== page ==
Win Nick’s Voucher


Readers, we’ve made it past Blue Monday relatively unscathed.

Now it’s giveaway Friday!

For fans of ye olde vinyl singles, I’m offering a €25 Golden Discs voucher to one lucky reader who tells me below: what is your favourite B-side and why?

Here’s mine.

The winner will be chosen by my AI robot.

Lines MUST close at at MIDNIGHT!

Please include video link where possible.

Nick says: Good luck!

Golden Discs

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32 thoughts on “Win Nick’s Voucher

  1. Penfold

    Give him a Ball (and a yard of grass) [B-side of Stupid Kid] by Sultans of Ping FC

    Just love this song, definitely gets way more play at home than it’s A side. Have plenty of other singles where there are good B-side, but these guys are just pure joy to listen to see and see live.

    “A man can’t have no greater love than give ninety minutes to his friends”

  2. Daisy Chainsaw

    Bowie – The Man Who Sold the World (B side to Life on Mars in the UK and Space Oddity in the US.)


    Wham – Everything She Wants (B side to Last Christmas)

  3. Eamonn

    1 )Butterfly Collector, b side to when you are young – the Jam
    2)Liza Radley, b side to Start – the Jam
    3)Tales from the riverbank, b side to Absolute Beginners – the Jam

    1. Otis Blue

      Hard to beat, but I’ll have a go. A quick sconce at my collection of 7” singles sees the excoriating Blues for Ceaucescu by the Fatima Mansions (b side to You’re A Rose).

      Honourable mentions to:

      Time After Time/ Red Rain/So. Central Rain live medley – REM (b side to Finest Worksong)

      Theme from Great Cities – Simple Minds (b side to Promised You A Miracle)

      Last Great American Whale – Lou Reed (b-side to Dirty Blvd)

      It Says Here – Billy Bragg (b side to Between the Wars)

      And from 2019

      The Jazz version by Winton Marsalis which was the b side the 7” of Thom Yorke and Flea’s Daily Battles from the Motherless Brooklyn OST

  4. f_lawless

    By the 1950s and 60s, the African-American musical styles of rhythm and blues and gospel had become absorbed into mainstream American culture – and there’s a case to be made that the white artists who adopted those expressive styles didn’t have quite the same authenticity as their counterparts. However, I would say that’s definitely not the case with ‘Unchained Melody’ (the B-side to “Hung on You” by the Righteous Brothers) which is a soul classic up there with the best of them – in my opinion!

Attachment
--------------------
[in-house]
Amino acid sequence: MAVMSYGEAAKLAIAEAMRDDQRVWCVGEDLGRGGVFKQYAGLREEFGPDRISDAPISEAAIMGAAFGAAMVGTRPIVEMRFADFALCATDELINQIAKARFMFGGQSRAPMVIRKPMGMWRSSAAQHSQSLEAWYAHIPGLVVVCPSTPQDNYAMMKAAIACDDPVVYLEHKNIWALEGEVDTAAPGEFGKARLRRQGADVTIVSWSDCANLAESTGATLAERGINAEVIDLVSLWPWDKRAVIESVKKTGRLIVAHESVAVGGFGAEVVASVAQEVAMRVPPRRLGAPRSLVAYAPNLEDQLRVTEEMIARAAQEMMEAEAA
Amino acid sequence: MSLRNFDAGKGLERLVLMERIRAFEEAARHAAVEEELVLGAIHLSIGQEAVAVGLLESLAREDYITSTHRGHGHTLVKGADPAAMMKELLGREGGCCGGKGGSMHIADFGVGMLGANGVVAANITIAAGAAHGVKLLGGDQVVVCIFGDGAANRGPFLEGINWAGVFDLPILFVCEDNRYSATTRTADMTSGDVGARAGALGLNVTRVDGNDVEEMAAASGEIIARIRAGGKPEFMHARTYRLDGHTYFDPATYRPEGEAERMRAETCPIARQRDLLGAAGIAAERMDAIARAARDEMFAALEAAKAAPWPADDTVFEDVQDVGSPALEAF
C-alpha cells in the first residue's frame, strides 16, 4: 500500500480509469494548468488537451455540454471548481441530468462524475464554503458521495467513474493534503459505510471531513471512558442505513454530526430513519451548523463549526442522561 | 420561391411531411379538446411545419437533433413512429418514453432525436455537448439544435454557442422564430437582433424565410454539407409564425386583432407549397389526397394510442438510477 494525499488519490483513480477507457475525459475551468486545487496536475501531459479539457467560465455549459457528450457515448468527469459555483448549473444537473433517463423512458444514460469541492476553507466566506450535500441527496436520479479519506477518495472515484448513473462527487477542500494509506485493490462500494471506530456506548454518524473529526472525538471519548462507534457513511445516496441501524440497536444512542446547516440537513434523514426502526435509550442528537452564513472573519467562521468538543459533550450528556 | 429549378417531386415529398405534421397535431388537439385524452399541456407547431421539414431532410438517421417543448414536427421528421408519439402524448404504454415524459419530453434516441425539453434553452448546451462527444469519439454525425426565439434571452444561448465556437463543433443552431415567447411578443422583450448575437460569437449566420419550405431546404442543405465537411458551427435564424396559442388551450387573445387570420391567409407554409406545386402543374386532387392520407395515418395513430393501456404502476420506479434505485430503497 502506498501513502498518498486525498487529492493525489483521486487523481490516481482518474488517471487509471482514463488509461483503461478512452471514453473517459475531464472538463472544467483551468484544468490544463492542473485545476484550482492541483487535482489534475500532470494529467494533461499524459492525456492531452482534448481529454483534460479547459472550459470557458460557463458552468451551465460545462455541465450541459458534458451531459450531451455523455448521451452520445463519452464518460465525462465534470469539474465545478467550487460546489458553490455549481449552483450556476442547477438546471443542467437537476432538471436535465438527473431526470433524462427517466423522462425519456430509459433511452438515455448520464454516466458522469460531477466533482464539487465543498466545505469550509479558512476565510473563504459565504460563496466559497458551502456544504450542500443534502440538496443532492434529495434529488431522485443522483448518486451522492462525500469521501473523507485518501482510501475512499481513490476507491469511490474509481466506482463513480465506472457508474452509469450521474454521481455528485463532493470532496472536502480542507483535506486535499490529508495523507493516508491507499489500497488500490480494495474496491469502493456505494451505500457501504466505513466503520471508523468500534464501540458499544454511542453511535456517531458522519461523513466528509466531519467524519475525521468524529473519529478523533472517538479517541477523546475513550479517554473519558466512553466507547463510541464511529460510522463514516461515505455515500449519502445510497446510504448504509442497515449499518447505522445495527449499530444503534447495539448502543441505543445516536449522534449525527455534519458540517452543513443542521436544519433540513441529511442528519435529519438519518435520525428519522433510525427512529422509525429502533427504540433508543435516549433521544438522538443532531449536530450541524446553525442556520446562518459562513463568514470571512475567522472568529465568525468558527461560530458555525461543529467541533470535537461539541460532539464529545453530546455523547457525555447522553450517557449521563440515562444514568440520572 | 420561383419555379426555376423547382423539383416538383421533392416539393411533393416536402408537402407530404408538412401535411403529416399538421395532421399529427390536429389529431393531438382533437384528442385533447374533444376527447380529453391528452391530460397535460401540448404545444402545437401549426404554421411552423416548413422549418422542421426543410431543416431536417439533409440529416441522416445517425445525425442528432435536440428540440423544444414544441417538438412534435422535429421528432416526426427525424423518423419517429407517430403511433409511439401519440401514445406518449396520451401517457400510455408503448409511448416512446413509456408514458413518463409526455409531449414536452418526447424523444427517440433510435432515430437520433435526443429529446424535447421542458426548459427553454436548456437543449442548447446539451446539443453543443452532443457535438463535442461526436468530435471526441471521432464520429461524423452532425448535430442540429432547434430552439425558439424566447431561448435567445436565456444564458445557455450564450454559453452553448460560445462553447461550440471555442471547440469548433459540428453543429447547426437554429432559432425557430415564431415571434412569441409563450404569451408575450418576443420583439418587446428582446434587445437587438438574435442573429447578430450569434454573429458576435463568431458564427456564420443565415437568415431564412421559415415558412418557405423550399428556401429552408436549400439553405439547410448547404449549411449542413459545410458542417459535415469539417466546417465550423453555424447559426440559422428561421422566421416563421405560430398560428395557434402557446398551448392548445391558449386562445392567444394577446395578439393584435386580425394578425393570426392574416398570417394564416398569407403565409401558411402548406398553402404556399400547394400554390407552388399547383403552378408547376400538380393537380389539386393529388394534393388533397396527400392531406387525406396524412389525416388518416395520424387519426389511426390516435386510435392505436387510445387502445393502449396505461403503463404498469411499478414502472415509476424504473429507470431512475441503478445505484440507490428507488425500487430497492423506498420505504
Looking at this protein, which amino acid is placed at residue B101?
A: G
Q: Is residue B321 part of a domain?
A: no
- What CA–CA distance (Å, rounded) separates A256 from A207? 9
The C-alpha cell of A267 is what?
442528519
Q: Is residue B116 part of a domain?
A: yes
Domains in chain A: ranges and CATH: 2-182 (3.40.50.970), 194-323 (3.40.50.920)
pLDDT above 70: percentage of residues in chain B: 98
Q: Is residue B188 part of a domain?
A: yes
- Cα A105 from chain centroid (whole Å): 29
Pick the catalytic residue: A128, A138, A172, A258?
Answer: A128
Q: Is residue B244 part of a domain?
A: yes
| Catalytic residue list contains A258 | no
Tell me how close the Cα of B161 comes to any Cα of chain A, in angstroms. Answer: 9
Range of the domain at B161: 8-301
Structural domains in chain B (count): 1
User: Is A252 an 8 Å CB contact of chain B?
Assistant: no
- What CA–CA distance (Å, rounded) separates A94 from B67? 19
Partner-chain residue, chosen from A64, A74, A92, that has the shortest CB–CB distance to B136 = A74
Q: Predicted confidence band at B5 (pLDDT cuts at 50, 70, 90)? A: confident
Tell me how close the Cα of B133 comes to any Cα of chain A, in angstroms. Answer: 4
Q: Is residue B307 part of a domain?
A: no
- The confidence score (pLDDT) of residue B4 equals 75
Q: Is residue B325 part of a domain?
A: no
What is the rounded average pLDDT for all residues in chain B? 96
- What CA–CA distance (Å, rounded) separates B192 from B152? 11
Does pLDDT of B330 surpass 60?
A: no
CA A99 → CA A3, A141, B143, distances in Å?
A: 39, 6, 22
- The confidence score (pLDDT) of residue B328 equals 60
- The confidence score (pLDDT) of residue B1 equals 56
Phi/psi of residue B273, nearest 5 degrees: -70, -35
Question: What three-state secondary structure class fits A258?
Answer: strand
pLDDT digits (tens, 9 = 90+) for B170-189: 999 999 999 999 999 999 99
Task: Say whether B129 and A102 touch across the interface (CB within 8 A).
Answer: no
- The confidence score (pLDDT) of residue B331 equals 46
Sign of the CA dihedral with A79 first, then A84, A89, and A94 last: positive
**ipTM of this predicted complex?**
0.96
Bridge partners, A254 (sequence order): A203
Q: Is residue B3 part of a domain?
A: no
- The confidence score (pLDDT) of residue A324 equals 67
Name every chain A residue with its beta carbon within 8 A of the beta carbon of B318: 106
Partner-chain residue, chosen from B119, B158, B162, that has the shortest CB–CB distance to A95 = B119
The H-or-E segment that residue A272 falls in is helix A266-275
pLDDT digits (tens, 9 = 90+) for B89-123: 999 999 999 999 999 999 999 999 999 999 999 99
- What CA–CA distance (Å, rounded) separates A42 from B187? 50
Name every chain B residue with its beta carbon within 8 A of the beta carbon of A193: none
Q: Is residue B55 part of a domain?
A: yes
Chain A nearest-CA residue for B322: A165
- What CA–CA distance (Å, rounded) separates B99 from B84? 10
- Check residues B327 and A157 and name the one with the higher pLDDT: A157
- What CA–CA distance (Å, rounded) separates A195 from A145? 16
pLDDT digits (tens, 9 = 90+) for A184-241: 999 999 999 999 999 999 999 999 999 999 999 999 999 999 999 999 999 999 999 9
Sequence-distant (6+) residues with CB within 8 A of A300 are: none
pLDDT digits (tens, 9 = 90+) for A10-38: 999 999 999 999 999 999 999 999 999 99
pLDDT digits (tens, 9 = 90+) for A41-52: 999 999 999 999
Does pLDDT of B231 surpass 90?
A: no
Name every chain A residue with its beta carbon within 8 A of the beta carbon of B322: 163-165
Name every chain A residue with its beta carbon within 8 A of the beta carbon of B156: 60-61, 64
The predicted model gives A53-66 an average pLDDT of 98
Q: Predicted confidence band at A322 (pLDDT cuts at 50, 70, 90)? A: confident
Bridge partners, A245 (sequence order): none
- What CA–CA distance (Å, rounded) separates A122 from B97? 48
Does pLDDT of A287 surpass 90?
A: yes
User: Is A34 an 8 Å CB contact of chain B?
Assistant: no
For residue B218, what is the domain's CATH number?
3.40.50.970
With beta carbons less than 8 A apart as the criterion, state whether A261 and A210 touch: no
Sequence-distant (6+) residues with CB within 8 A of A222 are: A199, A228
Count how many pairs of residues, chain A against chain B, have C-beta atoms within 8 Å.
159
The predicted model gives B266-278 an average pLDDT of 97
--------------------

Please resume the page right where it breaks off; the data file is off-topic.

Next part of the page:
5. Ringsend Incinerator

    “There’s only one way out of Dun Laoghaire, you know what it is?
    Off the mail boat piery”

    Dunlaoghaire – B-side to Like Clockwork by the Boomtown Rats.

    Love the Irish accents done by the band in this song. (it’s only on the Irish pressing of the single)

  6. Smith

    Acquiesce – Oasis

    B-side to 1995’s Some Might Say.
    Always a crowd pleaser, arguably better than the single.
    Dirty, dirty riff. Liam on verse, Noel on chorus. Both at their best and maybe a paean to the tumultuous relationship that made the band.

  7. scottser

    Booker T & the MGs released Behave Yourself with Green Onions on the B side and six months later it became their defining hit. If you’re looking for B-sides that completely outclass their A’s, then this has to be it. As a pervy aside, this song more than any is responsible for my fascination with watching women’s bums while they dance.

  8. Jonboy

    In 1989, a little known rapper from south Florida named Robert Van Winkle released a song called “Play That Funky Music (White Boy)” based around the infamous 70s funk tune by Wild Cherry (a play on the fact Van Winkle was white).

    It received a relatively luke-warm reception until months later a New York DJ (David Morales) played the b-side on his show and the rest, as they say, is history….

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